Not to mention that fencing is great exercise. Ask anyone who’s ever spent an hour in a fencing class, and they’ll testify as to the physical workout it offers.
“That’s because in fencing you use muscles you don’t ordinarily use,” Harris notes. “No part of fencing comes naturally. Every movement has to be taught. And you have to work to perfect each move, every countermove, watching your stance and your footwork, over and over.
“It’s a lifetime occupation. You never stop working at it. Every little thing matters. If your front foot is twisted to the side just a tiny bit, your lunge won’t be straight and you lose – true, you won’t lose your life anymore, but you might lose the match.”
The kids in the gym sparring with their foils don’t seem to think they’re working.
“They love it,” Harris grins. “Put a sword in a kid’s hand and every one of them will see themselves as Johnny Depp in Pirates of the Caribbean. We make it fun for the kids – actually, we make it fun for the adults, too, although we’re more subtle about it for the adults,” Harris laughs.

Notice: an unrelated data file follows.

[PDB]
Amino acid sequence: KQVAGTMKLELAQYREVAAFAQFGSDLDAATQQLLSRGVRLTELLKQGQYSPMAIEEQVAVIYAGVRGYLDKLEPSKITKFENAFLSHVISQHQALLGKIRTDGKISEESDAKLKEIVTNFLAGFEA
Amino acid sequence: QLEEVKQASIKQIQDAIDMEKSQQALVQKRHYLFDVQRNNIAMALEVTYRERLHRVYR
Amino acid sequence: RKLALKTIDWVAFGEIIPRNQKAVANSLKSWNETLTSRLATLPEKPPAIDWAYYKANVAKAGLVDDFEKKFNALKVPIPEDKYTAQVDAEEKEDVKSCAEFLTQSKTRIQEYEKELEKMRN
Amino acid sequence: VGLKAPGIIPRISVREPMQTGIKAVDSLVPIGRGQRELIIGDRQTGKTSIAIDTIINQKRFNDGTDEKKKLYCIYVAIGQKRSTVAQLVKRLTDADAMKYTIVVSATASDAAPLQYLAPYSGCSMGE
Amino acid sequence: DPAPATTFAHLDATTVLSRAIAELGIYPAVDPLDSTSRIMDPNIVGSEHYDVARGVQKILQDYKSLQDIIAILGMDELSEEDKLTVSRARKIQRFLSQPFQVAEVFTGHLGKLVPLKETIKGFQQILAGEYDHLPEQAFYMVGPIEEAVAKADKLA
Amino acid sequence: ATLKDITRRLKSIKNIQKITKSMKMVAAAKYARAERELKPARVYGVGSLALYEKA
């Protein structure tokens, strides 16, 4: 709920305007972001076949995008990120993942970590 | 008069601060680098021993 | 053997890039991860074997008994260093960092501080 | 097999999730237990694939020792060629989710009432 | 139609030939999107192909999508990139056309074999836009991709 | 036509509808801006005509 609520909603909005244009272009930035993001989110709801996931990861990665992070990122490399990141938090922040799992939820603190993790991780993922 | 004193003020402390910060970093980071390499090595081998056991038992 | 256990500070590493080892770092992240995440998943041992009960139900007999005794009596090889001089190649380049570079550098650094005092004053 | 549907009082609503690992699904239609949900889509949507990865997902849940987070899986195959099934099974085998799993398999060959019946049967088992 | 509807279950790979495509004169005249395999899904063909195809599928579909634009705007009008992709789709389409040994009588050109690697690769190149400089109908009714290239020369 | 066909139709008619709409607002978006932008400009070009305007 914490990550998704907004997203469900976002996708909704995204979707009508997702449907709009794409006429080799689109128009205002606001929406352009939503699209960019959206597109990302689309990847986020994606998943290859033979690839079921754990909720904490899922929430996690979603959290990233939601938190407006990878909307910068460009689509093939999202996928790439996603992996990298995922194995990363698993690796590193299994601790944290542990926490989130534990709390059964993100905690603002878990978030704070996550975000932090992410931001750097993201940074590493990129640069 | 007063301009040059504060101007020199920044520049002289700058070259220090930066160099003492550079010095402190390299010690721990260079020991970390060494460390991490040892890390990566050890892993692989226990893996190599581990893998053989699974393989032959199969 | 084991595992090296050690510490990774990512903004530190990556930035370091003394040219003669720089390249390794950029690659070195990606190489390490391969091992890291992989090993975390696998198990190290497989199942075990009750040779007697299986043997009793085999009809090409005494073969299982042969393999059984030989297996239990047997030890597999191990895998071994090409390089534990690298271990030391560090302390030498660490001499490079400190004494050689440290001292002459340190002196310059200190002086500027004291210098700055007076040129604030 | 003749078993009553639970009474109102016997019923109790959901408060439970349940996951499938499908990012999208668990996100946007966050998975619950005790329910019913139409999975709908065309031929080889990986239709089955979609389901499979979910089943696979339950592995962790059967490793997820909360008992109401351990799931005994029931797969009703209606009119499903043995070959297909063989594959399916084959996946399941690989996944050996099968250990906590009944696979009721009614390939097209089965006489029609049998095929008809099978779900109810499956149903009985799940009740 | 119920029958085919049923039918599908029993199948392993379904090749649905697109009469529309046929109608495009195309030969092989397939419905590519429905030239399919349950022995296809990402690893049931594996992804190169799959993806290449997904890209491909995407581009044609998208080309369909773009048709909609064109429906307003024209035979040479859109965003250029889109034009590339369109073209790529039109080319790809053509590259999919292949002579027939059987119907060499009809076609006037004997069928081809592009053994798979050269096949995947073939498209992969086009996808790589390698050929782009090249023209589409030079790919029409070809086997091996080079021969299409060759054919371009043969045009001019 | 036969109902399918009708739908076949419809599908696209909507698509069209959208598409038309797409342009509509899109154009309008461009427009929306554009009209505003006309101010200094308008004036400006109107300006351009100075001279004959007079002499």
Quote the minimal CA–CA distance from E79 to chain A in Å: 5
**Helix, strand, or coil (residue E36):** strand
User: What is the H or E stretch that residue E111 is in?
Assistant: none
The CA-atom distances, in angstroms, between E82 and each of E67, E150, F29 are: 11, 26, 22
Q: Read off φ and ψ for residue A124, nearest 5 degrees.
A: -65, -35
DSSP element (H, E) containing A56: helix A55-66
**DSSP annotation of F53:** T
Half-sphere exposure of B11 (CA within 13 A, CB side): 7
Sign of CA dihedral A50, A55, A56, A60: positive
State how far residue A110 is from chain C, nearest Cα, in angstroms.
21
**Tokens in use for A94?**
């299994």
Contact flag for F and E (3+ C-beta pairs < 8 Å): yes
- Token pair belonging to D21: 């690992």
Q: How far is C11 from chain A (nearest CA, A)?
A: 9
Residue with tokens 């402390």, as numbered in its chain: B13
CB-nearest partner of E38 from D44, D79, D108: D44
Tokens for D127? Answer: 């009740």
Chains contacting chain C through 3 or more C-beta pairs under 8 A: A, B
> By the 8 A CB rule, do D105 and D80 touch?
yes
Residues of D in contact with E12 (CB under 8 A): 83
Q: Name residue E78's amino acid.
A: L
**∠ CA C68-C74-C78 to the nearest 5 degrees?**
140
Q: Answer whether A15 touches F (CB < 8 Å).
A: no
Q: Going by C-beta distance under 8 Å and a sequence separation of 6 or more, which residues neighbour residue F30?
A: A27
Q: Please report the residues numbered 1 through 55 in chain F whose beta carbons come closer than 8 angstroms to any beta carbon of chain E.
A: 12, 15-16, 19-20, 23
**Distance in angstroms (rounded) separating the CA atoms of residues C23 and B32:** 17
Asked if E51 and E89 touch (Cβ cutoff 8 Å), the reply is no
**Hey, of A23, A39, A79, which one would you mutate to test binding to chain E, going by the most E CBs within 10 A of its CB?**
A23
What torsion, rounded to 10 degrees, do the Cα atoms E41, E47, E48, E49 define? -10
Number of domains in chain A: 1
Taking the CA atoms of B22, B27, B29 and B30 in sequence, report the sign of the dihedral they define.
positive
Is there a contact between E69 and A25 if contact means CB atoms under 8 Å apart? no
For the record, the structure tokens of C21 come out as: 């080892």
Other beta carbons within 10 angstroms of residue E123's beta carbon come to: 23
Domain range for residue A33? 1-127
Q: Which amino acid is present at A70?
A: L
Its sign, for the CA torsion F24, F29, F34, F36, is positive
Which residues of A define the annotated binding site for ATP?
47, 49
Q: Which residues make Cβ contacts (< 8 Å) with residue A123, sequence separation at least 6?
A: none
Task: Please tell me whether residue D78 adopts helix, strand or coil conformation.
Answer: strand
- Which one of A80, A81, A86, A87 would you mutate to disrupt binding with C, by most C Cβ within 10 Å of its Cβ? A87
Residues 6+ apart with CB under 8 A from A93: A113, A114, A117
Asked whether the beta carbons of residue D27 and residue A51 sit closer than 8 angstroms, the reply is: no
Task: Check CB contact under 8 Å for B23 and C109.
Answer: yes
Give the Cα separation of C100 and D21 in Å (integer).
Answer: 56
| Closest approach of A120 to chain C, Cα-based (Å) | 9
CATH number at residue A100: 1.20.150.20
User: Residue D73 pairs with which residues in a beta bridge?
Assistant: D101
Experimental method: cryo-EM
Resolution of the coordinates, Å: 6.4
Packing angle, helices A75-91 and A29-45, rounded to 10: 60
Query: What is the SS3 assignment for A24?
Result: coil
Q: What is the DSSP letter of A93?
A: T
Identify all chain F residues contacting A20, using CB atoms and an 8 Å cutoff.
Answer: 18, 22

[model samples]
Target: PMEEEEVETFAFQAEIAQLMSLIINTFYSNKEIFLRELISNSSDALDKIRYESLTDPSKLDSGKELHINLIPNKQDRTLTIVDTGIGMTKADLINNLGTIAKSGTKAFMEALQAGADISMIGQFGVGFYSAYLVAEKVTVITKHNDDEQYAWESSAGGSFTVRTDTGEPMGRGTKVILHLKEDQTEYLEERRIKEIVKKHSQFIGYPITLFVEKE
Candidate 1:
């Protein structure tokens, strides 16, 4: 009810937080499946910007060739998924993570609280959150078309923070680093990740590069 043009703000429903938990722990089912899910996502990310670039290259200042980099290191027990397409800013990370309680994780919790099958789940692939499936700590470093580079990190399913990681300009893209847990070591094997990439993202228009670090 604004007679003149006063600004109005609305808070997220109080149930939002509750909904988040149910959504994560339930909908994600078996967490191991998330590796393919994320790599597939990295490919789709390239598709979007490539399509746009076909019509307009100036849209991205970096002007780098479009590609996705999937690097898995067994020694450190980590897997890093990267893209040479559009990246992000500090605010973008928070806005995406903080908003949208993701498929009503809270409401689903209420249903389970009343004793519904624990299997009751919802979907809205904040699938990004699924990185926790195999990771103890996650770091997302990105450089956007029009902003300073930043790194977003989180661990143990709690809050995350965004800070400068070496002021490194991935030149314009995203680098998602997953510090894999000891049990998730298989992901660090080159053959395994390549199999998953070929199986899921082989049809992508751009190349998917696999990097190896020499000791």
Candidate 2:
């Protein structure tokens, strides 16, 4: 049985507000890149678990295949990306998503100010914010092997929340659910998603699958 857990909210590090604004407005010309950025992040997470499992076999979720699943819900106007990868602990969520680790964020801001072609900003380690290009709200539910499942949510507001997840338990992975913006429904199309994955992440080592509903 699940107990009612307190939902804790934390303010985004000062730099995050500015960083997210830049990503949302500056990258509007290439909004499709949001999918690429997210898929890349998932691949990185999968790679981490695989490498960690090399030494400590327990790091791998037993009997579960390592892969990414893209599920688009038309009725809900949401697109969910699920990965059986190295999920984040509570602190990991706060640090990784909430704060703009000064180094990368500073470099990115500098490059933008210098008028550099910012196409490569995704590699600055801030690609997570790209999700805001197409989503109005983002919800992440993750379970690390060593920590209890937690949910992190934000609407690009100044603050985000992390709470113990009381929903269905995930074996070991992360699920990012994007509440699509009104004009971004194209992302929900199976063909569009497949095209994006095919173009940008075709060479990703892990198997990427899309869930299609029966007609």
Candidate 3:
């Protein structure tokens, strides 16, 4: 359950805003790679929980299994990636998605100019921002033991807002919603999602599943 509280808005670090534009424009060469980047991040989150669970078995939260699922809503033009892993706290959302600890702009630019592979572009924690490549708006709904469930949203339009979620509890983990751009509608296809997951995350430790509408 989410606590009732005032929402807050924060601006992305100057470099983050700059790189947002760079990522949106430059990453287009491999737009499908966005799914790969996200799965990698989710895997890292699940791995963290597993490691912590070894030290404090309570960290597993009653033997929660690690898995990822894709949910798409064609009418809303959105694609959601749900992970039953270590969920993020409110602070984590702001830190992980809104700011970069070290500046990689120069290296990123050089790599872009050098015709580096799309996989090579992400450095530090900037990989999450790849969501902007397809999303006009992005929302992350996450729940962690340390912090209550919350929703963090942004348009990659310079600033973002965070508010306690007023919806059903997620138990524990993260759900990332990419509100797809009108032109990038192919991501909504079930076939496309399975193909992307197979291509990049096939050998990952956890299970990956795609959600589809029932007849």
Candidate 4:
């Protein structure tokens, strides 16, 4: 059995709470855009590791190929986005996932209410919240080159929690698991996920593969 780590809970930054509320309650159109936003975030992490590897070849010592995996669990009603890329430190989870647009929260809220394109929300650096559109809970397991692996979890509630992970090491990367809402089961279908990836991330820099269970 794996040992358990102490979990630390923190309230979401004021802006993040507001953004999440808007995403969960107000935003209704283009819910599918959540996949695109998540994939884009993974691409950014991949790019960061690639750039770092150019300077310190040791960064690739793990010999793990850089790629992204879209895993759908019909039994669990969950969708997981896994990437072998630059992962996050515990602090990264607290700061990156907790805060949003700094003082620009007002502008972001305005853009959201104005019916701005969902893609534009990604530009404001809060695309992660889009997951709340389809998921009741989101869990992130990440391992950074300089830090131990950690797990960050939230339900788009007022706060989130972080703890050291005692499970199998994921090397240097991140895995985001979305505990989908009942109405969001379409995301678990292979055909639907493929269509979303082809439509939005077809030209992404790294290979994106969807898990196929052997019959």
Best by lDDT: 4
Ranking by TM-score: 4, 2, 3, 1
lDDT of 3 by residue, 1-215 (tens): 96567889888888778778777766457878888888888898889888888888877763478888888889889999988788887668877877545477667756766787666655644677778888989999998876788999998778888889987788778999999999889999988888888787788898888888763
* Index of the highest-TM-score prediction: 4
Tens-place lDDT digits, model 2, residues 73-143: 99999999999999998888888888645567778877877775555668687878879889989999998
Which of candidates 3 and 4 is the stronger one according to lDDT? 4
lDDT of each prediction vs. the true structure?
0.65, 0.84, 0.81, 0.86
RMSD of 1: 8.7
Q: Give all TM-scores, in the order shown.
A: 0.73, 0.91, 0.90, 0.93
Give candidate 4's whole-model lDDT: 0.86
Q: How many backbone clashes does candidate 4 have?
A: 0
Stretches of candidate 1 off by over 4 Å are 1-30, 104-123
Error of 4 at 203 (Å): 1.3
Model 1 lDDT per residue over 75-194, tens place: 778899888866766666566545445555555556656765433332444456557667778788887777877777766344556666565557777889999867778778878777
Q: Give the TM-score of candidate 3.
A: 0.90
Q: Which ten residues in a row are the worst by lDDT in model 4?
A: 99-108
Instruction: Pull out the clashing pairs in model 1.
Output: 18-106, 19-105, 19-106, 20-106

“Classes start with a basic warm-up, then we do lunges all around the gym, two by two, so I can check to see how they’re progressing. Then everyone puts on their equipment – we supply everything for beginners, but people who get serious about the sport usually want their own. There’s a heavy quilted vest, an impermeable face mask, gloves to protect the hands, and then the foils themselves.
“The kids all fence with foils, whereas with adults, we also instruct in epee – the big brother of the foil, a bigger, heavier sword – and the saber, a flat cutting blade with a knuckle guard.
“We play some games: Someone holds a glove up on the wall, as high as they can reach. They drop the glove, and then the other guy has to pin it to the wall before it hits the floor. It’s great for handeye coordination. Then we play ‘Simon says,’ also famous in fencing circles.
“A major part of the art of fencing is the mental focus and concentration required. Fencing is the chess of sports – it’s a mental game as much as a physical one. A little game of ‘Simon says’ helps develop that intense focus you need.”
That’s another thing about fencing, Harris says: how it helps develop all kinds of desirable character traits.
“It’s a good sport for kids with ADD because it’s highly repetitive and teaches you how to focus and concentrate. Some corporations encourage their employees to study fencing.